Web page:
Tuesday, July 14, 2020

From the ashes: Santa Maria Acapulco

For our first post on outlying colonial monuments of special interest we go to the remote Sierra Gorda Potosina. 
Santa Maria Acapulco before the fire
On July 1st 2007 lightning struck the exceptional rustic church of Santa Maria Acapulco, located in an indigenous Pame village.
Within minutes the traditional wood and thatch roof, of a size unique in Mexico, was in flames, spreading to the nave of the church and its many retablos, a grievous loss to the villagers and the legacy of colonial art.
Santa Maria Acapulco, the nave before the fire
Founded around 1740, the temple is a former Franciscan mission. After the fire only the walls were left standing, with mural painting, and only a few sculptures and two paintings were rescued from the total of 125 pieces that had already been cataloged by the institute (INAH), including sculptures from the 17th and 18th centuries.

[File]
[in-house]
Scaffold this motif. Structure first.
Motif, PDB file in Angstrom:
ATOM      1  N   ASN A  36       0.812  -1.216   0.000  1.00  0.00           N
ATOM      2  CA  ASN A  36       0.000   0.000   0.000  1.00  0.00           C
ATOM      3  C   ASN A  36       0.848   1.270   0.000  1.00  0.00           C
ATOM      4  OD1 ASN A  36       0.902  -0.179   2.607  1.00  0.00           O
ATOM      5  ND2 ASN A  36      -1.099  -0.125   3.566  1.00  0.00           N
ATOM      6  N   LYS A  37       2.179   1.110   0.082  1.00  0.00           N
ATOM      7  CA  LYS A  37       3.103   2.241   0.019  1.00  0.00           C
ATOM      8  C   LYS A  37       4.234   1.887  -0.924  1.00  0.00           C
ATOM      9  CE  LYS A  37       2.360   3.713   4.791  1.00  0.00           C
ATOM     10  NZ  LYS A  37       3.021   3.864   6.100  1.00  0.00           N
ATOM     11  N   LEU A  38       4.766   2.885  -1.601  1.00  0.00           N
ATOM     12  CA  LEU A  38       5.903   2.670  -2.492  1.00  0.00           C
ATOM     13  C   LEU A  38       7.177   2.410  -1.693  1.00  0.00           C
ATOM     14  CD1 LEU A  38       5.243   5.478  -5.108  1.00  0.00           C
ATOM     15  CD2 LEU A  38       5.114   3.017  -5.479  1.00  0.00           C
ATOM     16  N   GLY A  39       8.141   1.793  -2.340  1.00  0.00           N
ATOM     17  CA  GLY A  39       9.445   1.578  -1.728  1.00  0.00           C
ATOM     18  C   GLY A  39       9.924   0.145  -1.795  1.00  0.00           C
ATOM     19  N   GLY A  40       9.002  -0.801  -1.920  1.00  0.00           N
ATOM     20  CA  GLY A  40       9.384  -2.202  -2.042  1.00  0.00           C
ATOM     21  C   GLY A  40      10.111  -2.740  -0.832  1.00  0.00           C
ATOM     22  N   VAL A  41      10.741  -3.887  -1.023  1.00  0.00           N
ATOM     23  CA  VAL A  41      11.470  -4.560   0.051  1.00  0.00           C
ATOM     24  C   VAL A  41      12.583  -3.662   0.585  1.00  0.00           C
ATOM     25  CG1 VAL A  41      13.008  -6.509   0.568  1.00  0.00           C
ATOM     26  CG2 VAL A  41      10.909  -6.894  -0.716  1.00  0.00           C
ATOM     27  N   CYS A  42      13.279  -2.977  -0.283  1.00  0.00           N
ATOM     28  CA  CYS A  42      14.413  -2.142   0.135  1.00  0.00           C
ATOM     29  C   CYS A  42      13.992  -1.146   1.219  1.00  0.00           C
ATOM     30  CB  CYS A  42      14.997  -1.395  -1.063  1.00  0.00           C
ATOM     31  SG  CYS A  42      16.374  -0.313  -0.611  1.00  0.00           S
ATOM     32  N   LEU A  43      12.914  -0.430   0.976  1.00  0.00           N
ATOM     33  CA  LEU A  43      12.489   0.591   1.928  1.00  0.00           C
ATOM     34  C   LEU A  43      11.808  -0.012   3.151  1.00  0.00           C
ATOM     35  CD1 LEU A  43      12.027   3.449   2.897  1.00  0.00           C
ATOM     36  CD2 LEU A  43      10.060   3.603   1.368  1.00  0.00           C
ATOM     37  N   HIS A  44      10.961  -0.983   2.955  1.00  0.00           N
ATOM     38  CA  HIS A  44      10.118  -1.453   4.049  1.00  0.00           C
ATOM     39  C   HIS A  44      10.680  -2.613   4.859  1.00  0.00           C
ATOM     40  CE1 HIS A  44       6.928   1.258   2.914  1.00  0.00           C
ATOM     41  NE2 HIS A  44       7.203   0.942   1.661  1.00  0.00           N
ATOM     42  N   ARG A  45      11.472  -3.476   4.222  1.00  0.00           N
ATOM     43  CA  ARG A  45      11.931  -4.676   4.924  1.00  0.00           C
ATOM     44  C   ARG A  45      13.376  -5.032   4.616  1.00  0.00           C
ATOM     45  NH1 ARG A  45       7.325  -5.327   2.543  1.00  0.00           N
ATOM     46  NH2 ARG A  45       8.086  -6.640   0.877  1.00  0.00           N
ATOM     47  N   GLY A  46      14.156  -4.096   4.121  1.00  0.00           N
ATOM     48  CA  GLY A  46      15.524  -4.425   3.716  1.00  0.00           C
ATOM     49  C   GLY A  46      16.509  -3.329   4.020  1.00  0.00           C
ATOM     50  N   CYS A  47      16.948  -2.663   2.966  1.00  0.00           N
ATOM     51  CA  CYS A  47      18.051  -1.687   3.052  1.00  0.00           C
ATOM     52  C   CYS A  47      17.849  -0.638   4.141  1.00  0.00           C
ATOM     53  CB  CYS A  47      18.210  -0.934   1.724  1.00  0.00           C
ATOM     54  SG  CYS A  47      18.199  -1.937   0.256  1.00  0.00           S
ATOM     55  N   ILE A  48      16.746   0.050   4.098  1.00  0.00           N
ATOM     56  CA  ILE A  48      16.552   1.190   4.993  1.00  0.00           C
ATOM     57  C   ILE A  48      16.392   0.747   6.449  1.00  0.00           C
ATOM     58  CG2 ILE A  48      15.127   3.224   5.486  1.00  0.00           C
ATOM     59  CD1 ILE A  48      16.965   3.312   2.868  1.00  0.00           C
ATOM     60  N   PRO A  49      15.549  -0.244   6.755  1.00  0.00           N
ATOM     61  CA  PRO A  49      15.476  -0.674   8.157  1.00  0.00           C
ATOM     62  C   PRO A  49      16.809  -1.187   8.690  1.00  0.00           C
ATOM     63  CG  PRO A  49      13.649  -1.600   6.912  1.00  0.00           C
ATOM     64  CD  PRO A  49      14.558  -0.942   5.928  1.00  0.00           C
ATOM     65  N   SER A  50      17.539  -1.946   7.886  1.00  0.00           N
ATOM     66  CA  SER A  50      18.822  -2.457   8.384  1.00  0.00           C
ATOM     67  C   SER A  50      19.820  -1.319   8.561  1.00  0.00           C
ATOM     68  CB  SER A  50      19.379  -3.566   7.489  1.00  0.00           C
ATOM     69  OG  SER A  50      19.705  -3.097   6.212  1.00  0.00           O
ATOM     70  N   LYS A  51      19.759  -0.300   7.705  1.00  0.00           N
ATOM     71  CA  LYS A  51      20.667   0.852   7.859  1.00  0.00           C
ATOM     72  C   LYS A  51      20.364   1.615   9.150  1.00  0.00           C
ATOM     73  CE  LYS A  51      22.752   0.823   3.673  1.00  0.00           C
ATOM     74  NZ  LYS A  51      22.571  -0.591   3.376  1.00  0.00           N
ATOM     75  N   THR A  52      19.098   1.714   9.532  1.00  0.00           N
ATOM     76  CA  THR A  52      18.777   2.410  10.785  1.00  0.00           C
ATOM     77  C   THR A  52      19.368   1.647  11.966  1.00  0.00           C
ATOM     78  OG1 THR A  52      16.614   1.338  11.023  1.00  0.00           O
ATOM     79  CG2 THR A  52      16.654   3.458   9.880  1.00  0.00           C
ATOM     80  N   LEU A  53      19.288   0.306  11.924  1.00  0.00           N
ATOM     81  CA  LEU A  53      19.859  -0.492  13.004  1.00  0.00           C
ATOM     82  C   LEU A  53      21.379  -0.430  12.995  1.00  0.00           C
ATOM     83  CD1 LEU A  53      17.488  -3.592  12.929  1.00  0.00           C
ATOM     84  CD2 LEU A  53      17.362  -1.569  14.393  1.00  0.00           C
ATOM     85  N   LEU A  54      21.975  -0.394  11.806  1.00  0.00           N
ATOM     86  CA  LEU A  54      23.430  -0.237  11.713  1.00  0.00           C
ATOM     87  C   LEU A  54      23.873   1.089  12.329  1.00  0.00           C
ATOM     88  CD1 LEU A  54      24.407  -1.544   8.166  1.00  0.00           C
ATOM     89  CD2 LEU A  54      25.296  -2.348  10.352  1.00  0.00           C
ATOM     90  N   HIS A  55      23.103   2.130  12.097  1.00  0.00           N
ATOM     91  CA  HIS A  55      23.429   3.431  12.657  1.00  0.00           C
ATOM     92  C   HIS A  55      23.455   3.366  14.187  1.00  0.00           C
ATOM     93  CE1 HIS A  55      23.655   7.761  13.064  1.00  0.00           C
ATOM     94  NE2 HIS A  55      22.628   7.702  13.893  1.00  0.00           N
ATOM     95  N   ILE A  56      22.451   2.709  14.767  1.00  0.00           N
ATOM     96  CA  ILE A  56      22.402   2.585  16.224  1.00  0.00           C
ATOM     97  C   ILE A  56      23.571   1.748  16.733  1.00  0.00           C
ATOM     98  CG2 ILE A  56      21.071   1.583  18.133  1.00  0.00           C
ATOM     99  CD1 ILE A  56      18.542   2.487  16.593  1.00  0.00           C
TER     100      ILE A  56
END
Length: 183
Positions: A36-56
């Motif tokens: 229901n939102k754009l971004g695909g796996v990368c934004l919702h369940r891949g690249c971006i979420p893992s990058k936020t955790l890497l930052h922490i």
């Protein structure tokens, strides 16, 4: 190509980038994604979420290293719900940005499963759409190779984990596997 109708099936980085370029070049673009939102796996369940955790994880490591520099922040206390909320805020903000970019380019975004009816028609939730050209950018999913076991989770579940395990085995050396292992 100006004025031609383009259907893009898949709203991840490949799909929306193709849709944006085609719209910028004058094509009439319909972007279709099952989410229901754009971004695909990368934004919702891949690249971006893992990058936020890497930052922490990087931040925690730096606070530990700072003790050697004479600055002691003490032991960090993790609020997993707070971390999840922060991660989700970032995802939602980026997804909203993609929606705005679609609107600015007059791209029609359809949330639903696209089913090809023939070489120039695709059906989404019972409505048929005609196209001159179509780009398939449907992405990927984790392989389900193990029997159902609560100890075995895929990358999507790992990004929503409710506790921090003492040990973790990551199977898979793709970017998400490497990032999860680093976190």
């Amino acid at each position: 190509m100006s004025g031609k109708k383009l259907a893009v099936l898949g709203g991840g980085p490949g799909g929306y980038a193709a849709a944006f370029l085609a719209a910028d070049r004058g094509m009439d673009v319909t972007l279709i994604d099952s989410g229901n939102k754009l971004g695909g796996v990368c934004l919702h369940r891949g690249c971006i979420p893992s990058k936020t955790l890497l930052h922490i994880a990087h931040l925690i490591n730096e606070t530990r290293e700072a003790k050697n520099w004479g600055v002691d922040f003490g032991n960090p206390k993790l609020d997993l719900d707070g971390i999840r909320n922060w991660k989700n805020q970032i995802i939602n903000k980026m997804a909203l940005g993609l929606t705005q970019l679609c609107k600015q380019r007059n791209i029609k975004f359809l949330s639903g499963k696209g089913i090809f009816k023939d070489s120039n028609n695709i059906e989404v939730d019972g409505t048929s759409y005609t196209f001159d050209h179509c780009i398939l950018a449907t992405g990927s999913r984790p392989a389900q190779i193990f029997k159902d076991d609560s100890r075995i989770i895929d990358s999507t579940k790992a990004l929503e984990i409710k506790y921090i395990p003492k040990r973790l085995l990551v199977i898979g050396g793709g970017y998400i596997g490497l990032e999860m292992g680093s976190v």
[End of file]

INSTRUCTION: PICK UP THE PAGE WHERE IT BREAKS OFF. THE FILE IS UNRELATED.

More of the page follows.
the facade as restored
The church front was also damaged, affecting the adobe sculptures and passages of mural painting.
facade lion relief detail
An existing INAH conservation and documentation program already under way assumed greater urgency. A full restoration project was launched to repair and as far as possible restore as much of the fabric and furnishings as possible.
   The walls were strengthened and a new wood and thatch roof fashioned after the original manner. 
Retablo of Dolores
main wall altarpiece, statue of St Francis
The original 18th century altarpieces and pulpit were destroyed, but to date only the Retablo of Guadalupe has been replaced.
The  new Guadalupe retablo 
Although the abundant wall murals were also damaged by the fire, many have been repainted with the participation of the Pame villagers.
mural fragments before and after
The partial restoration of this unique church and its treasures is heartening to the sorrowing villagers as well as lovers of Mexican colonial art and architecture.
text © 2020 Richard D. Perry
images  © Nicccolo Brooker and online sources

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